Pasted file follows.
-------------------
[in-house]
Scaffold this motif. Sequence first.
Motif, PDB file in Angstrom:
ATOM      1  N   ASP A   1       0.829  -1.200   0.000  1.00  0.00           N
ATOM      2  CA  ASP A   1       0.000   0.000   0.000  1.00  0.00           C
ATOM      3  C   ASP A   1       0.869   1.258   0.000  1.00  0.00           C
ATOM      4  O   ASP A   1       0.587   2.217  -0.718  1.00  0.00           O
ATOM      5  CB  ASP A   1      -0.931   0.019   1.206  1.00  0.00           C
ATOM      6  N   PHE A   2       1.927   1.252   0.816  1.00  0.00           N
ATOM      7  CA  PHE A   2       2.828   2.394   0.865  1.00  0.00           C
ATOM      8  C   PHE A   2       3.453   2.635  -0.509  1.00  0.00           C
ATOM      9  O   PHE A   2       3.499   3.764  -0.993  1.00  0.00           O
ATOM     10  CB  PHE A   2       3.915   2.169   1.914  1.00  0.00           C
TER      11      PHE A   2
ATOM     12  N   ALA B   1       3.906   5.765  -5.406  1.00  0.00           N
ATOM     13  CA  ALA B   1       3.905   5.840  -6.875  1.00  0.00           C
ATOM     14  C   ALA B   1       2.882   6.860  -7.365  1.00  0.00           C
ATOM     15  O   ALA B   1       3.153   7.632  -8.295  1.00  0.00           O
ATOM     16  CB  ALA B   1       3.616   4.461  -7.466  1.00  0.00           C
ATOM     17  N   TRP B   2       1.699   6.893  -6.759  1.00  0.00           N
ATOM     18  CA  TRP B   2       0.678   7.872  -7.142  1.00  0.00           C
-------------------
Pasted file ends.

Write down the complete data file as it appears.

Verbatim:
[in-house]
Scaffold this motif. Sequence first.
Motif, PDB file in Angstrom:
ATOM      1  N   ASP A   1       0.829  -1.200   0.000  1.00  0.00           N
ATOM      2  CA  ASP A   1       0.000   0.000   0.000  1.00  0.00           C
ATOM      3  C   ASP A   1       0.869   1.258   0.000  1.00  0.00           C
ATOM      4  O   ASP A   1       0.587   2.217  -0.718  1.00  0.00           O
ATOM      5  CB  ASP A   1      -0.931   0.019   1.206  1.00  0.00           C
ATOM      6  N   PHE A   2       1.927   1.252   0.816  1.00  0.00           N
ATOM      7  CA  PHE A   2       2.828   2.394   0.865  1.00  0.00           C
ATOM      8  C   PHE A   2       3.453   2.635  -0.509  1.00  0.00           C
ATOM      9  O   PHE A   2       3.499   3.764  -0.993  1.00  0.00           O
ATOM     10  CB  PHE A   2       3.915   2.169   1.914  1.00  0.00           C
TER      11      PHE A   2
ATOM     12  N   ALA B   1       3.906   5.765  -5.406  1.00  0.00           N
ATOM     13  CA  ALA B   1       3.905   5.840  -6.875  1.00  0.00           C
ATOM     14  C   ALA B   1       2.882   6.860  -7.365  1.00  0.00           C
ATOM     15  O   ALA B   1       3.153   7.632  -8.295  1.00  0.00           O
ATOM     16  CB  ALA B   1       3.616   4.461  -7.466  1.00  0.00           C
ATOM     17  N   TRP B   2       1.699   6.893  -6.759  1.00  0.00           N
ATOM     18  CA  TRP B   2       0.678   7.872  -7.142  1.00  0.00           C